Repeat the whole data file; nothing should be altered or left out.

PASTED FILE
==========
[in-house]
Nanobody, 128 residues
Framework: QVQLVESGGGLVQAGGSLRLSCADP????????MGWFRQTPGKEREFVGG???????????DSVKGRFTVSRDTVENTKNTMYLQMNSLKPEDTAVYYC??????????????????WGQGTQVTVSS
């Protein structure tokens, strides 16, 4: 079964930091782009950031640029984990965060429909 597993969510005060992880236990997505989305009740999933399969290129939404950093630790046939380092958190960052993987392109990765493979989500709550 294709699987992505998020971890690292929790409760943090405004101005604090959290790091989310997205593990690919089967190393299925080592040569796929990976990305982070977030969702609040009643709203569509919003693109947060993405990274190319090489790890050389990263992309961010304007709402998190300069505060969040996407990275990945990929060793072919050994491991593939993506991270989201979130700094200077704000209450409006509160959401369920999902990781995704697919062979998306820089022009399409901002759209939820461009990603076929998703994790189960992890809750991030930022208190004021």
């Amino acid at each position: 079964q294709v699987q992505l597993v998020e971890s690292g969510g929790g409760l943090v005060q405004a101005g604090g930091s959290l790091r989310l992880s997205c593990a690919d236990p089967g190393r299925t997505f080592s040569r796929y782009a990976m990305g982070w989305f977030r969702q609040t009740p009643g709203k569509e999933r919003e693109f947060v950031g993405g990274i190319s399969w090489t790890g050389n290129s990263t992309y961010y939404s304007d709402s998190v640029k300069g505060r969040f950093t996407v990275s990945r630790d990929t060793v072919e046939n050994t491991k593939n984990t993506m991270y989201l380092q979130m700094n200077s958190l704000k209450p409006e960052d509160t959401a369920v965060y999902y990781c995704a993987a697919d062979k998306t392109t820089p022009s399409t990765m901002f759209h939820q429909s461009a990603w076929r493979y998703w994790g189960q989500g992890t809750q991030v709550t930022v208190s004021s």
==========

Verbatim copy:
[in-house]
Nanobody, 128 residues
Framework: QVQLVESGGGLVQAGGSLRLSCADP????????MGWFRQTPGKEREFVGG???????????DSVKGRFTVSRDTVENTKNTMYLQMNSLKPEDTAVYYC??????????????????WGQGTQVTVSS
């Protein structure tokens, strides 16, 4: 079964930091782009950031640029984990965060429909 597993969510005060992880236990997505989305009740999933399969290129939404950093630790046939380092958190960052993987392109990765493979989500709550 294709699987992505998020971890690292929790409760943090405004101005604090959290790091989310997205593990690919089967190393299925080592040569796929990976990305982070977030969702609040009643709203569509919003693109947060993405990274190319090489790890050389990263992309961010304007709402998190300069505060969040996407990275990945990929060793072919050994491991593939993506991270989201979130700094200077704000209450409006509160959401369920999902990781995704697919062979998306820089022009399409901002759209939820461009990603076929998703994790189960992890809750991030930022208190004021």
């Amino acid at each position: 079964q294709v699987q992505l597993v998020e971890s690292g969510g929790g409760l943090v005060q405004a101005g604090g930091s959290l790091r989310l992880s997205c593990a690919d236990p089967g190393r299925t997505f080592s040569r796929y782009a990976m990305g982070w989305f977030r969702q609040t009740p009643g709203k569509e999933r919003e693109f947060v950031g993405g990274i190319s399969w090489t790890g050389n290129s990263t992309y961010y939404s304007d709402s998190v640029k300069g505060r969040f950093t996407v990275s990945r630790d990929t060793v072919e046939n050994t491991k593939n984990t993506m991270y989201l380092q979130m700094n200077s958190l704000k209450p409006e960052d509160t959401a369920v965060y999902y990781c995704a993987a697919d062979k998306t392109t820089p022009s399409t990765m901002f759209h939820q429909s461009a990603w076929r493979y998703w994790g189960q989500g992890t809750q991030v709550t930022v208190s004021s």